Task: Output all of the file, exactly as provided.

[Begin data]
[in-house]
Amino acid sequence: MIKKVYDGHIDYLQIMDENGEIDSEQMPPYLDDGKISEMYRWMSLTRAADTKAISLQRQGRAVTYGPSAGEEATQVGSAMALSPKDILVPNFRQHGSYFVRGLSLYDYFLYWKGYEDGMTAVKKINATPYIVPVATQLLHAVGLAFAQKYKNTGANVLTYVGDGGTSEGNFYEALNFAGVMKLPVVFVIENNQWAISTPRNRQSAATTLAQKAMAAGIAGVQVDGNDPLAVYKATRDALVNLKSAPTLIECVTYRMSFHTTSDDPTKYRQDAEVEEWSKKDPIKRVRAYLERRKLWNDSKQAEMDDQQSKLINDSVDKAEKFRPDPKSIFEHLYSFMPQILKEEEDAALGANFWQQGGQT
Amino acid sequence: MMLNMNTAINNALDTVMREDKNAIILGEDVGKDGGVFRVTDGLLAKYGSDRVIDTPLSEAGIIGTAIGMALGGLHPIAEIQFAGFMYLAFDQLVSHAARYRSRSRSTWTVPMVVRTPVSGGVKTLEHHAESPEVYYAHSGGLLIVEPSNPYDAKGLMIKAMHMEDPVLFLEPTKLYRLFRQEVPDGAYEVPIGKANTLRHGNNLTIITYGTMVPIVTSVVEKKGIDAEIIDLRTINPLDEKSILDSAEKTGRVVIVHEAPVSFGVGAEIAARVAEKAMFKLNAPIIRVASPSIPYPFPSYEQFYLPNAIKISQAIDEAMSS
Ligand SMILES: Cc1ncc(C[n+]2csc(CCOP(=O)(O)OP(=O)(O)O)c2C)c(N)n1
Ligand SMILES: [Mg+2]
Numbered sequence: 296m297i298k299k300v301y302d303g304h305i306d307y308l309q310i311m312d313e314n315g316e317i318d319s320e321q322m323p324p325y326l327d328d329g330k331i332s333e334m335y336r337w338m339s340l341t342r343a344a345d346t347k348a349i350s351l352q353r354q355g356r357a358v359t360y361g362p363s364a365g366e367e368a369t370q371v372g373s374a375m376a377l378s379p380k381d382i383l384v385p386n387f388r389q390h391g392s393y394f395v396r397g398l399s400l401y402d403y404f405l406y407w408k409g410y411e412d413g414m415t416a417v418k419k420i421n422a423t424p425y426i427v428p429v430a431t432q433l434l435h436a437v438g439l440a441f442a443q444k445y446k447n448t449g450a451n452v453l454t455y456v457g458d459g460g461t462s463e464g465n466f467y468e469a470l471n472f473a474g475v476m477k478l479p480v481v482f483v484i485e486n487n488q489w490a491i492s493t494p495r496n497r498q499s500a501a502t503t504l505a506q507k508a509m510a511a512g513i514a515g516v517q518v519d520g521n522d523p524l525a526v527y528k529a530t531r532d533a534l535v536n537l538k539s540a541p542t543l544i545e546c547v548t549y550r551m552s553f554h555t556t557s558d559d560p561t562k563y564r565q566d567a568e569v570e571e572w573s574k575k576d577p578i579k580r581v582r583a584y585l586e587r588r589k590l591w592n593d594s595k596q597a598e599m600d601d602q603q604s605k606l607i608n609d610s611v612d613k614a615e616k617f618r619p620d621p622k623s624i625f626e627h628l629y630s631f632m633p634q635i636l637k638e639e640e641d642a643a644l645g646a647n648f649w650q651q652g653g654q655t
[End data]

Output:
[in-house]
Amino acid sequence: MIKKVYDGHIDYLQIMDENGEIDSEQMPPYLDDGKISEMYRWMSLTRAADTKAISLQRQGRAVTYGPSAGEEATQVGSAMALSPKDILVPNFRQHGSYFVRGLSLYDYFLYWKGYEDGMTAVKKINATPYIVPVATQLLHAVGLAFAQKYKNTGANVLTYVGDGGTSEGNFYEALNFAGVMKLPVVFVIENNQWAISTPRNRQSAATTLAQKAMAAGIAGVQVDGNDPLAVYKATRDALVNLKSAPTLIECVTYRMSFHTTSDDPTKYRQDAEVEEWSKKDPIKRVRAYLERRKLWNDSKQAEMDDQQSKLINDSVDKAEKFRPDPKSIFEHLYSFMPQILKEEEDAALGANFWQQGGQT
Amino acid sequence: MMLNMNTAINNALDTVMREDKNAIILGEDVGKDGGVFRVTDGLLAKYGSDRVIDTPLSEAGIIGTAIGMALGGLHPIAEIQFAGFMYLAFDQLVSHAARYRSRSRSTWTVPMVVRTPVSGGVKTLEHHAESPEVYYAHSGGLLIVEPSNPYDAKGLMIKAMHMEDPVLFLEPTKLYRLFRQEVPDGAYEVPIGKANTLRHGNNLTIITYGTMVPIVTSVVEKKGIDAEIIDLRTINPLDEKSILDSAEKTGRVVIVHEAPVSFGVGAEIAARVAEKAMFKLNAPIIRVASPSIPYPFPSYEQFYLPNAIKISQAIDEAMSS
Ligand SMILES: Cc1ncc(C[n+]2csc(CCOP(=O)(O)OP(=O)(O)O)c2C)c(N)n1
Ligand SMILES: [Mg+2]
Numbered sequence: 296m297i298k299k300v301y302d303g304h305i306d307y308l309q310i311m312d313e314n315g316e317i318d319s320e321q322m323p324p325y326l327d328d329g330k331i332s333e334m335y336r337w338m339s340l341t342r343a344a345d346t347k348a349i350s351l352q353r354q355g356r357a358v359t360y361g362p363s364a365g366e367e368a369t370q371v372g373s374a375m376a377l378s379p380k381d382i383l384v385p386n387f388r389q390h391g392s393y394f395v396r397g398l399s400l401y402d403y404f405l406y407w408k409g410y411e412d413g414m415t416a417v418k419k420i421n422a423t424p425y426i427v428p429v430a431t432q433l434l435h436a437v438g439l440a441f442a443q444k445y446k447n448t449g450a451n452v453l454t455y456v457g458d459g460g461t462s463e464g465n466f467y468e469a470l471n472f473a474g475v476m477k478l479p480v481v482f483v484i485e486n487n488q489w490a491i492s493t494p495r496n497r498q499s500a501a502t503t504l505a506q507k508a509m510a511a512g513i514a515g516v517q518v519d520g521n522d523p524l525a526v527y528k529a530t531r532d533a534l535v536n537l538k539s540a541p542t543l544i545e546c547v548t549y550r551m552s553f554h555t556t557s558d559d560p561t562k563y564r565q566d567a568e569v570e571e572w573s574k575k576d577p578i579k580r581v582r583a584y585l586e587r588r589k590l591w592n593d594s595k596q597a598e599m600d601d602q603q604s605k606l607i608n609d610s611v612d613k614a615e616k617f618r619p620d621p622k623s624i625f626e627h628l629y630s631f632m633p634q635i636l637k638e639e640e641d642a643a644l645g646a647n648f649w650q651q652g653g654q655t